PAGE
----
By Mikaela Slaney, Drugpossessionlaws.com staff reporter
In reaction to claims the state’s acquittal rating when defendants waive their right to a jury is higher than the average, the Massachusetts Supreme Judicial Court (SJC) is now imposing recommendations on the court system that may negatively impact defense attorneys practicing in Worcester County and statewide.
The SJC referred to a year-long study of the court system conducted by special counsel Jack Cinquegrana that found that juries acquit drunk driving defendants 58 percent of the time while judges acquit 86 percent of the time, according to the Boston Globe.
To deter unproven claims that defense attorneys engage in “judge shopping”, and to assure that judges have received sufficient training in handling criminal case evidence, the SJC is recommending a change to jury waive procedures, where a defendant can choose to waive his right to a jury, and have his case decided by a judge instead in what is known as a “bench trial”. They recommend deterring the defendant’s right to waive a jury up until the eve of the trial.
The SJC says in their report that they expect to hear recommendations by March 30 from justices as to whether jury waiver procedures in the District Court and Boston Municipal Court should be revised, and if so, which changes should be made.
“The flaw in the original reporting in the Globe, and the follow up analysis by the study is assuming that the pool of cases that go before judges should be equally likely to be proven guilty as those that go before juries, which really doesn’t make any sense if you understand the dynamics of the system”, said Russell Matson, a prominent OUI defense attorney in Braintree.
Waiving the right to a jury can happen for many different reasons. As we noted when the Globe series was first published last year, comparing cases that go to jury trials to cases that go to bench trials is not apples to apples, so there is no reason to assume conviction rates should be the same.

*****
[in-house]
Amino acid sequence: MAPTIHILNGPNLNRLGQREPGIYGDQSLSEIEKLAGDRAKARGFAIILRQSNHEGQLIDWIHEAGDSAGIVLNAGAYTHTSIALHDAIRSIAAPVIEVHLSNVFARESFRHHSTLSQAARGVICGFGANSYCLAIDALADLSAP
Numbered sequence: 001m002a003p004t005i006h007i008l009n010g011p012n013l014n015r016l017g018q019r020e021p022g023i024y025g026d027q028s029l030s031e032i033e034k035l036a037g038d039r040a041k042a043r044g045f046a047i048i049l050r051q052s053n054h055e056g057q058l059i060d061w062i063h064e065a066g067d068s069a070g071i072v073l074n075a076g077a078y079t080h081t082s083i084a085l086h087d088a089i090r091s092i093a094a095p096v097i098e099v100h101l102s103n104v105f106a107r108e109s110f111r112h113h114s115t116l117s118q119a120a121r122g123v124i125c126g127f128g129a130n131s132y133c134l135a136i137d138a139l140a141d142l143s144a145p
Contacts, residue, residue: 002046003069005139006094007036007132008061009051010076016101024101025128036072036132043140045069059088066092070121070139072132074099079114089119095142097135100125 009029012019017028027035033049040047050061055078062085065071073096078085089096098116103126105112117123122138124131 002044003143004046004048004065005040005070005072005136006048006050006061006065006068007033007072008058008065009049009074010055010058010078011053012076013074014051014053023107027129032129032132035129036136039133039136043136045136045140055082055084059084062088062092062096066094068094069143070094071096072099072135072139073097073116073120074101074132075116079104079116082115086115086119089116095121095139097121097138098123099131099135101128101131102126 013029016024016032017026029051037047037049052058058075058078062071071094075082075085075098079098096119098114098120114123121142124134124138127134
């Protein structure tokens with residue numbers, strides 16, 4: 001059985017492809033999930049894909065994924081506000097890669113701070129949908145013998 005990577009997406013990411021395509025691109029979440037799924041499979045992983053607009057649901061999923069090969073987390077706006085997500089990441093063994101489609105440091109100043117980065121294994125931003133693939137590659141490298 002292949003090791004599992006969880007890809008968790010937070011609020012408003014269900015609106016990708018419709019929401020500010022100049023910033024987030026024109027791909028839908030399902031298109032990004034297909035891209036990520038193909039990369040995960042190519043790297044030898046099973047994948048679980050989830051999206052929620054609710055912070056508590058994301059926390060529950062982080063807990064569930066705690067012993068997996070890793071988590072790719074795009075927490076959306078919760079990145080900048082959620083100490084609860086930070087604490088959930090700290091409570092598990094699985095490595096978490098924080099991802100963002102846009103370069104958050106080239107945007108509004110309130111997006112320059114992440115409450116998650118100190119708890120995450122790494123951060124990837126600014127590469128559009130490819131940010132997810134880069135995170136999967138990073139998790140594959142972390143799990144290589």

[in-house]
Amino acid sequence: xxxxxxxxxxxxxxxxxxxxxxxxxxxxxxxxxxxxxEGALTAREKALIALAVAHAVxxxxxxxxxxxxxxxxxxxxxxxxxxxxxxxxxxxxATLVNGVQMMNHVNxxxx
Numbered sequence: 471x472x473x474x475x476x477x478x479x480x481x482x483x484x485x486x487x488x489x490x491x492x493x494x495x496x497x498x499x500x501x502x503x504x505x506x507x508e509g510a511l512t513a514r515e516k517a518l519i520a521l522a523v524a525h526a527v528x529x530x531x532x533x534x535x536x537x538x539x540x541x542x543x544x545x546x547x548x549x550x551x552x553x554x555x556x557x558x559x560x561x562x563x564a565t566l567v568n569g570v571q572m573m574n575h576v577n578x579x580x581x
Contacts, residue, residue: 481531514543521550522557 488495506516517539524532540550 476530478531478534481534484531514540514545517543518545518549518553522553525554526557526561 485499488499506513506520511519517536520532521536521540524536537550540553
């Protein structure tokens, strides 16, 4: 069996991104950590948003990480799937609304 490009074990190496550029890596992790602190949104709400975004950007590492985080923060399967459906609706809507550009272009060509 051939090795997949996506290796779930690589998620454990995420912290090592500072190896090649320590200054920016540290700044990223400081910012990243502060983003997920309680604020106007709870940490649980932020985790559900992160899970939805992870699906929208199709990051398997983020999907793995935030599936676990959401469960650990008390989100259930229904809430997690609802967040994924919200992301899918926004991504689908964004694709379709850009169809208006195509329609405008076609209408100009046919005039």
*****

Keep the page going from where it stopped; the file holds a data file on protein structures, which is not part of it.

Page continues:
- There are a lot of weak OUI cases. OUI charges are almost never simply dropped due to the politics of the district attorneys. They would always rather lose a case at trial then dismiss the charges. In the unlikely case the person ever is charged again, it would look bad very if the prosecutor didn’t pursue a case against the defendant the first time he or she was arrested.
- The weakest cases almost always go as bench trials. If the evidence is extremely thin, the defense lawyer and the judge would typically rather do a bench trial because it is simply quicker to get to the expected result.
- More technical defenses are often bench trial. If the defense depends on a fairly complicated, but legitimate legal technicality, it makes sense to present that information to a judge than to a jury who might not understand it.
- Generally speaking, judges are more impartial and dispassionate than juries. If the evidence against a defendant is thin, but his appearance or manner might appear rough and rub a jury the wrong way suggesting an unfair assumption that “that guy looks like a drunk driver”, then a bench trial is a better bet.
The second recommendation by the SJC seeks judicial training to establish a judge’s role as a gatekeeper with respect to evidence during a case, whether an OUI case, or any other case that relies on scientific evidence.
“Everyone can agree that judges should be well versed in the nature of the evidence commonly provided in Massachusetts OUI cases”, agreed Attorney Matson.
The SJC report does offer one silver lining with their recommendations, as they draw light on an often overlooked need by local police departments to establish sufficient video recording by police during field sobriety testing in OUI cases.
“While video recording systems to memorialize a driver’s performance on field sobriety tests at the time they are conducted are used by police in some other states, few if any Massachusetts police departments make such video recordings, with the result that recordings are rarely available to be offered in evidence in OUI trials in Massachusetts,” the SJC report concluded.
Insufficient video recording is both detrimental to finding justice for defendants, and it makes the trial process difficult for both sides. Attorney Matson added, “Video evidence works in favor of the defendant as often as it works against us, so I am usually happy to discover video evidence in a case.”
77% of OUI charges in Massachusetts end adversely for the defendant, which is comparable to the rates in other states. It is an extremely misleading statistic to imply that judges are not punishing drunk drivers 80% of the time. That simply isn’t true.